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I have been a math teacher at Lexington High School for 8 years. I am originally from Keene, New Hampshire, and moved to Massachusetts to attend Wheaton College. I graduated from Wheaton in 2016 with a degree in secondary education, mathematics, and Hispanic studies. I received a Master of Education in Mathematics Education from Boston University in 2020. Last year, in 2023, I earned my license in Special Education Moderate Disabilities for grades 9-12. At Lexington High School I teach mostly freshmen and sophomore students. I specialize in the lower level class and working with students with various learning differences. I strive to help even the most struggling students gain confidence and feel successful in their math learning. I have experience teaching Algebra 1, Algebra 2, Geometry, and Pre-calculus at Lexington High School.

Outside of teaching, my favorite hobbies are skiing, hiking and running. I live in Reading MA with my husband, Kyle, who is a 4th grade math teacher in Lawrence MA, my dog, Fibonacci, and my daughter Violet who was born November 2023. I am currently on extended maternity leave through June 2024. I am excited to tutor to keep my math skills sharp and enjoy the opportunity to work one-on-one with students.

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Liz’s Qualifications

Education & Certification

Undergraduate Degree: Wheaton College (Massachusetts) - Current Undergrad, Mathematics, Secondary Education, & Hispanic Studies


Outside of teaching, my favorite hobbies are skiing, hiking and running. I live in Reading MA with my husband, Kyle, who is a 4th grade math teacher in Lawrence MA, my dog, Fibonacci, and my daughter Violet who was born November 2023.

Q & A

What is your teaching philosophy?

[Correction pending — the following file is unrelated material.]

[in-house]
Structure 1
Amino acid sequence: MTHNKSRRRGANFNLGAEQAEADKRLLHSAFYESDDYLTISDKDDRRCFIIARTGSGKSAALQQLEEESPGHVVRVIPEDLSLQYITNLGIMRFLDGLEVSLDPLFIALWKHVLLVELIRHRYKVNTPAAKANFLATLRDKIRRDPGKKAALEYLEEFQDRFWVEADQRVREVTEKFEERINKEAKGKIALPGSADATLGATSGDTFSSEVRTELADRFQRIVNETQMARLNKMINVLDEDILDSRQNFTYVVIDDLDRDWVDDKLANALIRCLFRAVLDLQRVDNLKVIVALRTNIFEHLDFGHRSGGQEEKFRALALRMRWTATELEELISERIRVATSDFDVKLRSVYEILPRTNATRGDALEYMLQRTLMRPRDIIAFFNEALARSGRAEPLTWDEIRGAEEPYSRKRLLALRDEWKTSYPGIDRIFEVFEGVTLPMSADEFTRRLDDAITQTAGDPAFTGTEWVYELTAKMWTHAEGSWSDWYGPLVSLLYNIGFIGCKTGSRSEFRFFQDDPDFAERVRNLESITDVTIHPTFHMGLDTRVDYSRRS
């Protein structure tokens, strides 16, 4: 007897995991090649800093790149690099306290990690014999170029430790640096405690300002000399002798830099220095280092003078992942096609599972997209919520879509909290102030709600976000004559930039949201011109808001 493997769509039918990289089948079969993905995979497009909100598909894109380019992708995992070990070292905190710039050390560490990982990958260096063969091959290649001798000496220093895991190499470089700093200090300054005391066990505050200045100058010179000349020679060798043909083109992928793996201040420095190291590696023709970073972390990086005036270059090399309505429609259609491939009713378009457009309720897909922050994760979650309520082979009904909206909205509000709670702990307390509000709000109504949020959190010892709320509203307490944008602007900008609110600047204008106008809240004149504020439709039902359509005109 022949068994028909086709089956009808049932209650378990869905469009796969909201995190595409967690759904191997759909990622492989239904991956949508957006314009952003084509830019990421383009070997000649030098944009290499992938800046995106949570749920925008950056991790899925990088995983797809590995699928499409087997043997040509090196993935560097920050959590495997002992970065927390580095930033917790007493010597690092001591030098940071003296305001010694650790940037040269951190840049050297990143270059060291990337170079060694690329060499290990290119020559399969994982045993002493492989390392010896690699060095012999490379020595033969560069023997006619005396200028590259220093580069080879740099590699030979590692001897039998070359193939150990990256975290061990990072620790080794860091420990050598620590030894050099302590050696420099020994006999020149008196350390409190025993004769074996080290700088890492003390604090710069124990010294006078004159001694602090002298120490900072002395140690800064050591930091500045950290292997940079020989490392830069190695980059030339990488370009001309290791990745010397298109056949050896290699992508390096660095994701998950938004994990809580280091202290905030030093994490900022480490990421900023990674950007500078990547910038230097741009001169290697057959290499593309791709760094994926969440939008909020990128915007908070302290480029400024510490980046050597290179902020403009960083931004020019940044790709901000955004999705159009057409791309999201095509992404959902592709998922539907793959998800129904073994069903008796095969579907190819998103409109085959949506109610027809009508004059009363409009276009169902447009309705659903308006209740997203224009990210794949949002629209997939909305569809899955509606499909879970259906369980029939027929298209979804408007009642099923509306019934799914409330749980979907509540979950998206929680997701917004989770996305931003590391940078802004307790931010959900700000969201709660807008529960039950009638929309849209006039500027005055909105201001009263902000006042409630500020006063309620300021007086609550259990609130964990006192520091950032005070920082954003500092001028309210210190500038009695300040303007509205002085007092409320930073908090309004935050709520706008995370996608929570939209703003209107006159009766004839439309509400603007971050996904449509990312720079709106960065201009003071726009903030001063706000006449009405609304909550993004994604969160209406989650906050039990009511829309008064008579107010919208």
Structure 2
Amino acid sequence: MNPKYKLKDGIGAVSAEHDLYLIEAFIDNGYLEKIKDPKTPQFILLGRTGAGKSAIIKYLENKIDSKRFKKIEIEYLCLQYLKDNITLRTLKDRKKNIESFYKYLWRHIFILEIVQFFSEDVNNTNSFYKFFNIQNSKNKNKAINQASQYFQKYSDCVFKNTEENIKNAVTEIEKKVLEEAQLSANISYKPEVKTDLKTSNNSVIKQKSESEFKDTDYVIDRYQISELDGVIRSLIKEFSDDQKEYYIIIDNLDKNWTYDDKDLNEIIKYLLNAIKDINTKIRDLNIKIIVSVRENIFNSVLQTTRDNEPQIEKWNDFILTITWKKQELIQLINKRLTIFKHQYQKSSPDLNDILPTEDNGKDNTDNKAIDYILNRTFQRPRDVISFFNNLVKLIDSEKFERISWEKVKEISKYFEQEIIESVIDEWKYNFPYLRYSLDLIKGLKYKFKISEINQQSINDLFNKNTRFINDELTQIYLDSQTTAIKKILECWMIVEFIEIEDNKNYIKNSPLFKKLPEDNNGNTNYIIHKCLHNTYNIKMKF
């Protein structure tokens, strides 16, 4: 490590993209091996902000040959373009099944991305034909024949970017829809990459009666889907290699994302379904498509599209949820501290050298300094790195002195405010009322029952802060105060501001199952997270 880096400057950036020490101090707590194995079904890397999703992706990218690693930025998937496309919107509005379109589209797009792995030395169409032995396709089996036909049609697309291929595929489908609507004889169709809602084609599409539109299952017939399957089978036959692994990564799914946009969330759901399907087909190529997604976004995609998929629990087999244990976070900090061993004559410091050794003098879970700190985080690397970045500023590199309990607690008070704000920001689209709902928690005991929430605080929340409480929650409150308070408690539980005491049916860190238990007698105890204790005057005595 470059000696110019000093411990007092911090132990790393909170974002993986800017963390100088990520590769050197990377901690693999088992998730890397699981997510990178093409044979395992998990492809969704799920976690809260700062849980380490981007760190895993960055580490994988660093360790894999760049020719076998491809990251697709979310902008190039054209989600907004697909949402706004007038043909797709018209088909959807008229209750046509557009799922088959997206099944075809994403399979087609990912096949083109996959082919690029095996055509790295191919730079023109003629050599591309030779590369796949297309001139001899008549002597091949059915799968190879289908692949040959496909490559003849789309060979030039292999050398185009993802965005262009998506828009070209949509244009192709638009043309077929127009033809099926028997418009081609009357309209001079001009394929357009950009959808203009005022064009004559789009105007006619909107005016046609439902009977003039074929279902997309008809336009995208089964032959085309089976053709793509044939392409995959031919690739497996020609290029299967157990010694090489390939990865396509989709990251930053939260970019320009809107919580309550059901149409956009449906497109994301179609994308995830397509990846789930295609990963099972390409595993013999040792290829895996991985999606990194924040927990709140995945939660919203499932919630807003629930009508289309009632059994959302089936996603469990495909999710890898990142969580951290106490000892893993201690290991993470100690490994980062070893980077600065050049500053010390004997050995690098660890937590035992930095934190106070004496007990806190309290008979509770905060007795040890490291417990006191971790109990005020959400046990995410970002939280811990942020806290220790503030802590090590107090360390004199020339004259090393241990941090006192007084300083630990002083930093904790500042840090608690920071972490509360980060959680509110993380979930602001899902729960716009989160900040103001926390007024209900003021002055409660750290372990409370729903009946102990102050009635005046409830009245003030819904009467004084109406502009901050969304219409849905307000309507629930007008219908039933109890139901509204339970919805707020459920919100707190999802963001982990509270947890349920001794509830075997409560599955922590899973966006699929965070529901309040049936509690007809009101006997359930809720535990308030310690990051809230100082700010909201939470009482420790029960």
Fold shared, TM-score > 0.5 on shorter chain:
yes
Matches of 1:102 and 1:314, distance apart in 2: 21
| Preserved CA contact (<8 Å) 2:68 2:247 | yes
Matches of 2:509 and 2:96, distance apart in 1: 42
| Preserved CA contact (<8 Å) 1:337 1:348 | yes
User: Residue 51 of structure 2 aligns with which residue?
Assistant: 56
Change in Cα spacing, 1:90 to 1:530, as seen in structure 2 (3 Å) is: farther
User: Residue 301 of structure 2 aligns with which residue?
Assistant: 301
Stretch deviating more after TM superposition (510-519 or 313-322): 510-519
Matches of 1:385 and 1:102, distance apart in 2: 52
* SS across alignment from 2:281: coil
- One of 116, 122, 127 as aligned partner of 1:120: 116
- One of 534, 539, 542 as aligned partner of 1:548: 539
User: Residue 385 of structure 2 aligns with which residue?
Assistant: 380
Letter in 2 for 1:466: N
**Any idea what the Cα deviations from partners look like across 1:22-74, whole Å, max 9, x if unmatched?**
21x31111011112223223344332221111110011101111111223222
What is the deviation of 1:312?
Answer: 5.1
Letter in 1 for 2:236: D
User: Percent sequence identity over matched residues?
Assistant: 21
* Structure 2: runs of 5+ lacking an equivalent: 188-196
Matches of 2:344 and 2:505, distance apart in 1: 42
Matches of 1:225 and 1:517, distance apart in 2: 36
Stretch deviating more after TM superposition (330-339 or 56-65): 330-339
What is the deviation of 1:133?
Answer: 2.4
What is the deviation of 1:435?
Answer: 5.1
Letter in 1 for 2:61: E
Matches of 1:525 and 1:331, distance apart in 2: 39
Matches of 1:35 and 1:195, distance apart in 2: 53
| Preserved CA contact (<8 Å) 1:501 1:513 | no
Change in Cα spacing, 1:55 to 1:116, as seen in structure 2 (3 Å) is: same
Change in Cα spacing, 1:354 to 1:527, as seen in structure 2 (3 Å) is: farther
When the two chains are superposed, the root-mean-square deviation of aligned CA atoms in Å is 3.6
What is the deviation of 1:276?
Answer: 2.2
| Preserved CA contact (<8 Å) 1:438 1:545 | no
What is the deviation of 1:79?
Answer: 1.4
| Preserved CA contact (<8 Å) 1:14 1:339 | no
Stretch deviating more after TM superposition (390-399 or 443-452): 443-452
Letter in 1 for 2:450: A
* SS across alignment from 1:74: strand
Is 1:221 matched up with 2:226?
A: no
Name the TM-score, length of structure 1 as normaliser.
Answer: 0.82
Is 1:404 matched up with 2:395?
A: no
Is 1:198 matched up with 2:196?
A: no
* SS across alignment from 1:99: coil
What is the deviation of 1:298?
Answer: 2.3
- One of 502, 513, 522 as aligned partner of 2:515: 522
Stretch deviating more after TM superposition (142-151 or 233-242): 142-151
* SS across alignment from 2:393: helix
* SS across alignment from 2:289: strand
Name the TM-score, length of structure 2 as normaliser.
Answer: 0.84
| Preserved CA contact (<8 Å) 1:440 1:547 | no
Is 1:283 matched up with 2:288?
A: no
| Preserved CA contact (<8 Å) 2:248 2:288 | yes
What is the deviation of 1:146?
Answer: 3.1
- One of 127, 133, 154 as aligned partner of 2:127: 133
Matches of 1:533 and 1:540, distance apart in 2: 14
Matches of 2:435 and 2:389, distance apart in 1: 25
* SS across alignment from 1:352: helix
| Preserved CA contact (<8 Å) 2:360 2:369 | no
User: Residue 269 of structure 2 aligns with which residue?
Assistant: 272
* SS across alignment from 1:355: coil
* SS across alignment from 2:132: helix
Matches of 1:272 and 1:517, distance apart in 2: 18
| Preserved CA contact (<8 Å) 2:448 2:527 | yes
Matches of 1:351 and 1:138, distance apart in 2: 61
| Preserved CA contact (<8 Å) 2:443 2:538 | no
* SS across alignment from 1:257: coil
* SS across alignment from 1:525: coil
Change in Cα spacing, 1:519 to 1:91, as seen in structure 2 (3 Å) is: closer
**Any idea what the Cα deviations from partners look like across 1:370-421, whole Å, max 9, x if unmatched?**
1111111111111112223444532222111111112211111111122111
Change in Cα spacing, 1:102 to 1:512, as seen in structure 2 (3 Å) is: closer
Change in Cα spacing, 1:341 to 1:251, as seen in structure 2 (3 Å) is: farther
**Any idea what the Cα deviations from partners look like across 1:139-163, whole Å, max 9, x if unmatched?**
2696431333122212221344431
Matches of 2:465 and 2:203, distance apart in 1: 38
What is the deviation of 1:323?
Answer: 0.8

I have always wanted to be a teacher; however, eventually my focus narrowed to high school mathematics. I love mathematics because of the power and control it gives us. Mathematics is not subjective. In other subjects your results can vary depending on your audience, but mathematics does not. Therefore, if you are able to reach the answer you have a great sense of achievement. Although there are often multiple ways to solve a problem, mathematics is accessible to all individuals because of the many set formulas. A student can reach the correct answer just by following an algorithm or through individual creativity, solving in his/her unique way. However, as long as he/she reaches the final answer he/she is correct. Thus, mathematics is truly assessable to all students. I think that one of the main leaning objectives of a mathematics teacher should be to connect, through active student engagement, course material with real world applications as much as possible. One of the biggest challenges in mathematics is to motivate students. Engaging with mathematics tends to cause a great deal of frustration in students often leading them to shut down and give up. As a dedicated mathematics teacher I will help students learn to persevere when they become frustrated. Real world applications encourage students by reinforcing how critical mathematical skills are for everyday life and in their pursuit of future careers. This goes well beyond simply passing various mathematical tests. I want to create a classroom climate whereby students are genuinely excited about the material. Adding real world applications allows them to visualize how they can actually use their mathematic skills in all their future endeavors. As a future mathematics teacher I believe it is essential to create lessons that are hands on, critical in active student engagement. Mathematics allows students to discover formulas and properties through active versus passive learning. Rather than simply lecturing, I strive to create lessons with activities that allow the students to perform calculations and come to their own conclusions. Self-paced activities allow students to discover trends or patterns enhancing individual learning. In this way students become more self-directed and responsible for their own learning given through their unique learning styles. A hands-on approach reinforces learning and should lead to longer, more consistent retention of the material while developing critical thinking skills and building confidence in their abilities. With heightened confidence, students will approach new problems as challenges versus obstacles continuously building upon their previous mathematical knowledge. Lastly, I believe that it is imperative that teachers build a connection with all their students. If my students believe I truly care about them as individuals, and not simply recipients of grades, they will be more inclined to believe in themselves. Students must believe in their ability to learn and apply mathematics, and all too often the majority of students come to class lacking in mathematical interest, curiosity, or confidence creating huge obstacles to developing mathematical proficiency. I will foster relationships with my students that make them excited to come to class and ensure a safe classroom environment where they can freely ask questions and explore how a deeper understanding of mathematics can enhance their lives.